Questions about the ‘Ruga’ Affair

The federal government has set social media and a large part of the nation on fire with its plan to build “Ruga” settlements for cattle herders. Until it offered explanations this Sunday through a statement signed by Garba Shehu, the news was that each of Nigeria’s 36 states was to mandatorily give up large expanses of land in six locations for the project. But the statement from the Presidency suggests that only 12 northern states have offered to have “Ruga” and that no state would be compelled to host one. The 12 states have yet to be named.

South-east and south-south governors are united in their opposition to “Ruga”, as are most south-west and north-central states. And an overwhelming majority of opinions in the media and elsewhere are clearly against the scheme because they suspect an ulterior motive on the part of the government at the centre. We belong to this majority.

The minority canvassing “no harm” in having “Ruga” across the nation should answer a few questions.

First, “Ruga” is a Fulani word for “home”. If the settlement will be for herders of all animals from every part of the country, why does it not bear different names in different states? If history is any guide, we know that Fulani settlers in parts of the country have never relocated since they first set foot in those places. After a few decades, they created emirates and struggled with the original inhabitants for land other privileges. Only recently, an important Nigerian like former President Olusegun Obasanjo alerted the nation to a plot of “Fulanisation” and “Islamisation” of Nigeria by the Muhammadu Buhari government. “Ruga” perfectly lends credence to the existence of such a plot.

Second, the federal government and its agents have publicly declared that the “bandits” currently terrorising crop farmers in parts of the country are foreigners. They have sacked several villages, murdered thousands of Nigerians and taken over their lands without receiving condemnations from the federal government. Kaduna State governor Nasir el-Rufai once claimed that his government had to appease these foreigners so they would stop killing Nigerians. Are these AK 47-wielding herdsmen the same people “Ruga” settlements are being prepared for?  Are they being appeased, once again, in order, as Shehu’s release claimed, “to curb open grazing of animals that continue to pose security threats to farmers and herders” and reduce “conflicts between herders and farmers”? If the foreigners are Fulani from other African nations, have they been arrested and prosecuted for the several crimes they have committed against bona fide Nigerians? Do they hold valid Nigerian passports? Are their rifles licensed or do they possess AK 47 illegally?

Third, Shehu said the “Ruga” programme is voluntary as “there is no government plan to seize state land, colonize territory or impose Ruga on any part of the federation”. Is Benue one of the states that have voluntarily approved “Ruga” even after the state House of Assembly has since enacted a law banning cattle colonies? Yet, contracts for the construction of “Ruga” in Benue have already been awarded and signposts indicating the Federal Ministry of Agriculture and Rural Development as clients of the contractors have been erected. A permanent secretary from the ministry has since confirmed that there was a directive to erect “Ruga” without due consultations with the government and people of each state.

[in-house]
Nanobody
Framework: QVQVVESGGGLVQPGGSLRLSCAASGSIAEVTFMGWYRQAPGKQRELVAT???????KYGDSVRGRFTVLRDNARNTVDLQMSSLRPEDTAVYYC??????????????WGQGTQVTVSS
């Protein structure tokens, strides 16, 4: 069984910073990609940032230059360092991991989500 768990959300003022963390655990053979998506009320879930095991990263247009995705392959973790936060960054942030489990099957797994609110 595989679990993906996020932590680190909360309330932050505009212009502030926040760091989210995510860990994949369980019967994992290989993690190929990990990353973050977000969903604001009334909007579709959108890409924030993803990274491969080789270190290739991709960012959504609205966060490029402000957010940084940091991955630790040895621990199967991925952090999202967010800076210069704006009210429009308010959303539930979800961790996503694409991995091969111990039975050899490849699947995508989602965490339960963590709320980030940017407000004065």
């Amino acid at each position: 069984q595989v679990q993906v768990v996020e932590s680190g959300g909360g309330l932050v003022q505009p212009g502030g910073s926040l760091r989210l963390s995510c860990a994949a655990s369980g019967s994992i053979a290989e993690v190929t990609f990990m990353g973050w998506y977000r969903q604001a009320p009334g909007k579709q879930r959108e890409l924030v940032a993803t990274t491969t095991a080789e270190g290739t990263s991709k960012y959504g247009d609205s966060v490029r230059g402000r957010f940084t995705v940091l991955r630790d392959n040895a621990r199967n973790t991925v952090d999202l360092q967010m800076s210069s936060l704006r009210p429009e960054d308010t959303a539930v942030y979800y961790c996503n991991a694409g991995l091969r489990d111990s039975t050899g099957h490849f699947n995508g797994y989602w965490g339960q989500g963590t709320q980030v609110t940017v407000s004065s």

Fourth, the Nigerian constitution vests ownership of land on state governments. Whose land is the federal government going to seize in order to build “Ruga”? Will it acquire land by force or buy it from those who may be willing to sell theirs?

There are valid reasons, therefore, for many to be sceptical about the federal government’s motives. Here is a government that has not completed any visible project in four years and yet eager to build estates and business premises for cattle herders. Between herdsmen and people displaced by Boko Haram and “bandits”, who are needier? Has the government rebuilt homes set aflame by the terrorists? The wounds inflicted on the victims of Fulani herdsmen are still festering; this is the time to placate the victims and not time to add insult to injury.

Not long ago, it was reported that the federal government had handed Miyetti Allah, the umbrella body of cattle herders, N100billion. The government denied it, but an official of Miyetti Allah confirmed that, indeed, they requested more than N150billion. If government has not given the herders N100billion, then, the nation ought to know how “Ruga” would be funded.

Maybe the federal government just wanted to test the waters by flying a kite. The result is clear enough: almost all non-Fulani Nigerians reject “Ruga” and whatever it represents. Public funds (obtained mainly from oil in the south-east and south-south) should not be used to support the private businesses of the Fulani under any guise.

With: The Oracle Today

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